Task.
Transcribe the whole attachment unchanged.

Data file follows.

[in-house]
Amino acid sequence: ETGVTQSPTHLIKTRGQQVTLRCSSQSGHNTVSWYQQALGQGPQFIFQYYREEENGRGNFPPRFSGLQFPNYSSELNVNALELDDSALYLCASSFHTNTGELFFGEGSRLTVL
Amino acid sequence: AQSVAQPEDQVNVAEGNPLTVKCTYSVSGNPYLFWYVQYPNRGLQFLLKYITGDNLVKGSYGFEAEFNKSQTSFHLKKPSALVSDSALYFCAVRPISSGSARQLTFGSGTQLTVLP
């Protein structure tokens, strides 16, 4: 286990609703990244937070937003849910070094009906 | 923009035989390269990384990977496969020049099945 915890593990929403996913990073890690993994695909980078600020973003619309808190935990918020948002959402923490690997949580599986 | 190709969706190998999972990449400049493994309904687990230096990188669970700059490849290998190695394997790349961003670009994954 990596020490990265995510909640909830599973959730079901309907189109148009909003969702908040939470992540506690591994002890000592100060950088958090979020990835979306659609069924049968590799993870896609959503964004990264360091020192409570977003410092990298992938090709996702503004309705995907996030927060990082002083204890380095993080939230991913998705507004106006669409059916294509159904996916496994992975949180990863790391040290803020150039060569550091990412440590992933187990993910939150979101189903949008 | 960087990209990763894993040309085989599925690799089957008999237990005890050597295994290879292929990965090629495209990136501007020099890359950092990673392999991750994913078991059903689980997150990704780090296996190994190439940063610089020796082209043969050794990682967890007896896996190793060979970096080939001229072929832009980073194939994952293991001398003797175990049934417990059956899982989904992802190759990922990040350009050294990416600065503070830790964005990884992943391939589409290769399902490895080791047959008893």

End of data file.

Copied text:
[in-house]
Amino acid sequence: ETGVTQSPTHLIKTRGQQVTLRCSSQSGHNTVSWYQQALGQGPQFIFQYYREEENGRGNFPPRFSGLQFPNYSSELNVNALELDDSALYLCASSFHTNTGELFFGEGSRLTVL
Amino acid sequence: AQSVAQPEDQVNVAEGNPLTVKCTYSVSGNPYLFWYVQYPNRGLQFLLKYITGDNLVKGSYGFEAEFNKSQTSFHLKKPSALVSDSALYFCAVRPISSGSARQLTFGSGTQLTVLP
């Protein structure tokens, strides 16, 4: 286990609703990244937070937003849910070094009906 | 923009035989390269990384990977496969020049099945 915890593990929403996913990073890690993994695909980078600020973003619309808190935990918020948002959402923490690997949580599986 | 190709969706190998999972990449400049493994309904687990230096990188669970700059490849290998190695394997790349961003670009994954 990596020490990265995510909640909830599973959730079901309907189109148009909003969702908040939470992540506690591994002890000592100060950088958090979020990835979306659609069924049968590799993870896609959503964004990264360091020192409570977003410092990298992938090709996702503004309705995907996030927060990082002083204890380095993080939230991913998705507004106006669409059916294509159904996916496994992975949180990863790391040290803020150039060569550091990412440590992933187990993910939150979101189903949008 | 960087990209990763894993040309085989599925690799089957008999237990005890050597295994290879292929990965090629495209990136501007020099890359950092990673392999991750994913078991059903689980997150990704780090296996190994190439940063610089020796082209043969050794990682967890007896896996190793060979970096080939001229072929832009980073194939994952293991001398003797175990049934417990059956899982989904992802190759990922990040350009050294990416600065503070830790964005990884992943391939589409290769399902490895080791047959008893």